15 June 2016

Tanzania: Absenteeism in Schools Needs Government Action

Photo: Mohamed Mambo/Daily News
President John Magufuli shares a light moment with three Bunge Primary School pupils.
editorial

Members of the House of Representatives in Zanzibar have spoken bitterly about the irrational and even illegal habit displayed by unwitting parents who send out their children to pedal minor goods in the streets instead of allowing them to go to school.

The representatives were resentful that while the government is keen on ensuring that all children are educated fully, some parents force theirs to send cattle to grazing grounds or to pedal roasted groundnuts or other goods in the streets all day long.

Kiwengwa Constituency Representative Asha Abdalla Juma was so bitter on this matter recently that she asked the state to fight absenteeism in schools by punishing parents if they are the source of the felony.

This diabolical habit is most prevalent on the Mainland. Indeed, the number of children who struggle to make a living in the streets in this country is shocking. Statistics are hard to come by but head count can easily run into hundreds of thousands.

You would think they don't have parents or guardians at all. Some find the going impossible and try homelessness. It is not uncommon to see children of school-going age slogging it out for a living as hawkers in the mean streets.

Some parents and guardians often defend this saddening situation saying: "The children are acquainting themselves with the rudiments of earning a living."

This is gross child abuse. There are many under-age quarry stone crackers, shoe-shine boys, fitters, cart pushers, cattle minders, miners, prostitutes, domestic hands and farm helps. Underage workers also feature in factories and some go out on fishing expeditions in the ocean, lakes and rivers.

The list is virtually impossible to close. This is outrageous, to say the very least. Exploitation of child labour has become so commonplace in Tanzania that the average person no longer sees it as a serious offence. Not many people know that enlisting child labour is a crime.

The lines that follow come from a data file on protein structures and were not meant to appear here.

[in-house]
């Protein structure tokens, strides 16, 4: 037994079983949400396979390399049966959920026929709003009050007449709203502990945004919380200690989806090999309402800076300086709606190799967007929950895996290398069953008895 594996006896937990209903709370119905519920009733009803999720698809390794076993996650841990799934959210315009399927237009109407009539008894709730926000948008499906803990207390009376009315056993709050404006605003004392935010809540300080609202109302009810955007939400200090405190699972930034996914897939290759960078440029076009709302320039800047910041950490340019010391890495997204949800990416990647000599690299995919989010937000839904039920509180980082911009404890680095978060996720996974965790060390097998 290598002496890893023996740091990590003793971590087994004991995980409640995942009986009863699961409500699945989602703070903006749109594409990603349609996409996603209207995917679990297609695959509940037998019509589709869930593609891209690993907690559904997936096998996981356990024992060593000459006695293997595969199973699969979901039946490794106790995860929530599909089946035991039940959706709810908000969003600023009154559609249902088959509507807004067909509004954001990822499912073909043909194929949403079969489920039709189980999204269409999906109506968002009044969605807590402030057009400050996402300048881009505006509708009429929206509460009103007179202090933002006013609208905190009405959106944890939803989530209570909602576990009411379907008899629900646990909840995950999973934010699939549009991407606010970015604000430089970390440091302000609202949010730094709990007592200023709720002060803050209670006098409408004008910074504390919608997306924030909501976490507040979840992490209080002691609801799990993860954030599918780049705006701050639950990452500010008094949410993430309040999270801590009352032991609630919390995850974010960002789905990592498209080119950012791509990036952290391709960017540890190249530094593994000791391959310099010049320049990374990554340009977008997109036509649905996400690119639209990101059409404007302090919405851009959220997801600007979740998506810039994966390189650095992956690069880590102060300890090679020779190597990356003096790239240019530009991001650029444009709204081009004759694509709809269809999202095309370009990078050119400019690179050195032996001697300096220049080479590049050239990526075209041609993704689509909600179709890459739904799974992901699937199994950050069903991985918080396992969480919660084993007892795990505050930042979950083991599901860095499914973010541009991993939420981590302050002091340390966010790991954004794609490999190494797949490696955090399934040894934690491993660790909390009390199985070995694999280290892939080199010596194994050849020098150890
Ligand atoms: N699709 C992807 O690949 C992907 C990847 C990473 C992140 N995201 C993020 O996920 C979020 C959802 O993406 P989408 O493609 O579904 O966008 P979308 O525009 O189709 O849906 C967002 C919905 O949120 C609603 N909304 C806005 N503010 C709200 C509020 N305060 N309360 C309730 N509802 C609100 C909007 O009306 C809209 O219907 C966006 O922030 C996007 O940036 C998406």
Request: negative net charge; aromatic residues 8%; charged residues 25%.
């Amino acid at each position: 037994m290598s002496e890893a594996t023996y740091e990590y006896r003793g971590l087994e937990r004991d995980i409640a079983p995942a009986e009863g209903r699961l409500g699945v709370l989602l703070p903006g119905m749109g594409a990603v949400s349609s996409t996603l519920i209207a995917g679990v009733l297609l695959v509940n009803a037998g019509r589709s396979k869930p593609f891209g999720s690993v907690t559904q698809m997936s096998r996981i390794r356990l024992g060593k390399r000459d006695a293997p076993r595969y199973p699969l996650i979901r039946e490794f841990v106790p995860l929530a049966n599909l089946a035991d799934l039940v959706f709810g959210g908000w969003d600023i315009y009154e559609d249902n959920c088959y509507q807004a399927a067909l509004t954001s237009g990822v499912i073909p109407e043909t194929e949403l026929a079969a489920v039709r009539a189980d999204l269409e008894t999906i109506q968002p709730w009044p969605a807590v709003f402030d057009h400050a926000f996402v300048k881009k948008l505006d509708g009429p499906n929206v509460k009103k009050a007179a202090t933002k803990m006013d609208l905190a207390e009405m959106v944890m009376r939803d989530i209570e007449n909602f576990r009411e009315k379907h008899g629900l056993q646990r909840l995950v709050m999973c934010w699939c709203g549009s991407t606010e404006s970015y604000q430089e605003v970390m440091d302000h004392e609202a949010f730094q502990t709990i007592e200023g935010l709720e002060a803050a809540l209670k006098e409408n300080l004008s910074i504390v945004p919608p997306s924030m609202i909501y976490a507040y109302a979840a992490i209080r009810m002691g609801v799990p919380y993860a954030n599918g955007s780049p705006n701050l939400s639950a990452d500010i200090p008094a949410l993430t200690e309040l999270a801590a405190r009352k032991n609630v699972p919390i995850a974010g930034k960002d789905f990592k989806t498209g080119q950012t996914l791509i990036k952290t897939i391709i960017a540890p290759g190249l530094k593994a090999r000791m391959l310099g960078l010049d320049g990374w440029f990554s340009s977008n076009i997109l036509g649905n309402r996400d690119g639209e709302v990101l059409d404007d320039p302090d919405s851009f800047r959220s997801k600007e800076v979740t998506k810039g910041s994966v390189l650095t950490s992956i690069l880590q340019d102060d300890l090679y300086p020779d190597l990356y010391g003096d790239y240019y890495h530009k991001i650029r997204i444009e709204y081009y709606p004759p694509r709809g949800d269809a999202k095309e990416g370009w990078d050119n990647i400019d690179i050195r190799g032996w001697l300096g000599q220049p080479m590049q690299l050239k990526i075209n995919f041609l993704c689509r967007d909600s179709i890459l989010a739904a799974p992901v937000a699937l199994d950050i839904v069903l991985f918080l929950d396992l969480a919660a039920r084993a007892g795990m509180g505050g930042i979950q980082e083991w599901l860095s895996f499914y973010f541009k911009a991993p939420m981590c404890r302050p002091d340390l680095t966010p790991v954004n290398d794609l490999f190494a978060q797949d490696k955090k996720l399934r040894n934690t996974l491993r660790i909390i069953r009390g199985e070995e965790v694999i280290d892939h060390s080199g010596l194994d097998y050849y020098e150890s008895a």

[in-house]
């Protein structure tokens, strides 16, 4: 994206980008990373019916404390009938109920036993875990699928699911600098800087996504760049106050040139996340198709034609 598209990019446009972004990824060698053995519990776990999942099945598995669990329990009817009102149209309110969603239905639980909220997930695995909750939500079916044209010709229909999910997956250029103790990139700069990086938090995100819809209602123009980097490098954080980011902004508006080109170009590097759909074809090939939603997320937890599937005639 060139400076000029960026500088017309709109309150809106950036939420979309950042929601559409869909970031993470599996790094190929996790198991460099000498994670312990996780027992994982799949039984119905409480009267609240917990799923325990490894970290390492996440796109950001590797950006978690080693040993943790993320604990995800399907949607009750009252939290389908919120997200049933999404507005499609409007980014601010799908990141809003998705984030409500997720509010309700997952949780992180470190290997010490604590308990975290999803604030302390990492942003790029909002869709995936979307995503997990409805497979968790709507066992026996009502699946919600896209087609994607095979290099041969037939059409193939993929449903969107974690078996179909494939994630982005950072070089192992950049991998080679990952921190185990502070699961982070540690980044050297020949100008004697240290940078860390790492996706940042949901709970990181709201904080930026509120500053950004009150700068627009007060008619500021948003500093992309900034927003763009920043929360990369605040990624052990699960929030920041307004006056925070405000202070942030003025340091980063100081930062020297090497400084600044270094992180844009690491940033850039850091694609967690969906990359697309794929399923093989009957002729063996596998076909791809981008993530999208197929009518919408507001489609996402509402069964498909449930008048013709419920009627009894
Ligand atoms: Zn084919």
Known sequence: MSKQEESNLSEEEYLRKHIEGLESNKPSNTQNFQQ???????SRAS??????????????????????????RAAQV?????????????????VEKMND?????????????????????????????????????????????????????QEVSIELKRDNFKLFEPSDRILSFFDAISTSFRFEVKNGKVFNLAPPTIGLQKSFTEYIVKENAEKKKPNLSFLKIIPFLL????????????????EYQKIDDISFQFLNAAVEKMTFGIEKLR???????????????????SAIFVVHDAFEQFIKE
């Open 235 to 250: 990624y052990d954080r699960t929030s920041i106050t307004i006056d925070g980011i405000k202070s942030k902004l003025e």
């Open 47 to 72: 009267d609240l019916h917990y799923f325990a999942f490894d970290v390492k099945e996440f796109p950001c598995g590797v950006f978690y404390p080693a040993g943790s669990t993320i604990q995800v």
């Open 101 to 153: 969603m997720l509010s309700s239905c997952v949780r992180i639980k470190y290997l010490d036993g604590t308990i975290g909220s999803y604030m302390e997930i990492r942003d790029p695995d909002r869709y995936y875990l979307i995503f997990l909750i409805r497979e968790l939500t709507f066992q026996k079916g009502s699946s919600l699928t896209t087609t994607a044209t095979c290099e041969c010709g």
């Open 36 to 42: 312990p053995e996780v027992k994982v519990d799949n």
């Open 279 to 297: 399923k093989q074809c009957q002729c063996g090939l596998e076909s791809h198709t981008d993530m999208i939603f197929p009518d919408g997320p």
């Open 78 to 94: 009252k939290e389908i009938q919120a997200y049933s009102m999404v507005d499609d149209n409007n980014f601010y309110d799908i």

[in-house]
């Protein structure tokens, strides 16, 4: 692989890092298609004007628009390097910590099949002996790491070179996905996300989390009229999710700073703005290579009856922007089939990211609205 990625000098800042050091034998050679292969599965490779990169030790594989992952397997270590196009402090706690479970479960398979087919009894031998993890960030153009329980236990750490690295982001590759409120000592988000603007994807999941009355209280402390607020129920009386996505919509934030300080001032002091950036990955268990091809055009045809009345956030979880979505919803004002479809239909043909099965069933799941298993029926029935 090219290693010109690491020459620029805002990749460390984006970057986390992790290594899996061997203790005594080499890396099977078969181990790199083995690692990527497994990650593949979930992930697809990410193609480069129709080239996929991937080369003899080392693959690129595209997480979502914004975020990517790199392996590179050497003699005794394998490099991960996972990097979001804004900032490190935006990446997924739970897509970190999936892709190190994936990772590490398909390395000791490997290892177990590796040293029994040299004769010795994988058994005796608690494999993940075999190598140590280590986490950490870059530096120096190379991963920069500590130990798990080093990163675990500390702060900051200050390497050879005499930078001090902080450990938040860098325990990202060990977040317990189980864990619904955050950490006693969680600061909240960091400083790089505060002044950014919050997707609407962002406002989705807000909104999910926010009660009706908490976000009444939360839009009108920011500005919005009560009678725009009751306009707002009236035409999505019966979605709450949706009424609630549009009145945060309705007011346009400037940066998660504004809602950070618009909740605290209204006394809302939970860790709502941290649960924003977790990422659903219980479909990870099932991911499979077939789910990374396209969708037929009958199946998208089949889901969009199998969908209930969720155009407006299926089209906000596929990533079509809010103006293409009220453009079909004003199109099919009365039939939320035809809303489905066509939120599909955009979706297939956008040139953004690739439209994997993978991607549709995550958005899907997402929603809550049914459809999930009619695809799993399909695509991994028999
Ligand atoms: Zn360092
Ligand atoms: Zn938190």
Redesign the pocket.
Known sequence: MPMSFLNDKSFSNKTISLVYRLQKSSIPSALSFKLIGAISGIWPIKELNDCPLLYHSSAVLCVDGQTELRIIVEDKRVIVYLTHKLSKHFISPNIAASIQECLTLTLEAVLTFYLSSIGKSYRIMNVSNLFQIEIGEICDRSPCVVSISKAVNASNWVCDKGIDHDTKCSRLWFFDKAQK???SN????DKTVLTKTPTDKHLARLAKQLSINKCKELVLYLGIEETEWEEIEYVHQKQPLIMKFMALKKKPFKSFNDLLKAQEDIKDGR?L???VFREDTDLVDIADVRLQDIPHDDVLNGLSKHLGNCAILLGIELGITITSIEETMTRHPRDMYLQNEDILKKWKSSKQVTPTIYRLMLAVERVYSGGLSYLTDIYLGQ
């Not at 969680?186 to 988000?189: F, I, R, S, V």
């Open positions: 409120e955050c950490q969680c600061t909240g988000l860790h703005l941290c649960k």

Most child labourers are made to toil for hours on end in the hot sun -- many of them on empty stomachs. The meagre earnings most of these children make always go to their masters, parents or guardians.

The children often have to make do with the crumbs that remain on their masters' tables. It is cruelty ruthlessly meted out on hapless children. Why should this absolutely free nation have a modicum of justice for its kids?

This is disgusting. In some places, some destitute children are offered a pittance for walking blind adults -- some of whom wasted their lives lazing about and ended up in grinding poverty.

The children cover incredible distances walking from bar to bar; restaurant to restaurant and person to person begging in earnest for alms. These children, most of whom are boys -- never go to school.

This is not acceptable. It is high time the rot was stemmed.

More on This

Ask What You Will Do for Education in Tanzania

I was recently reading an article on the website of a Nigerian newspaper and was amazed by a recent news item in that… Read more »

Copyright © 2016 Tanzania Daily News. All rights reserved. Distributed by AllAfrica Global Media (allAfrica.com). To contact the copyright holder directly for corrections — or for permission to republish or make other authorized use of this material, click here.

AllAfrica publishes around 800 reports a day from more than 140 news organizations and over 500 other institutions and individuals, representing a diversity of positions on every topic. We publish news and views ranging from vigorous opponents of governments to government publications and spokespersons. Publishers named above each report are responsible for their own content, which AllAfrica does not have the legal right to edit or correct.

Articles and commentaries that identify allAfrica.com as the publisher are produced or commissioned by AllAfrica. To address comments or complaints, please Contact us.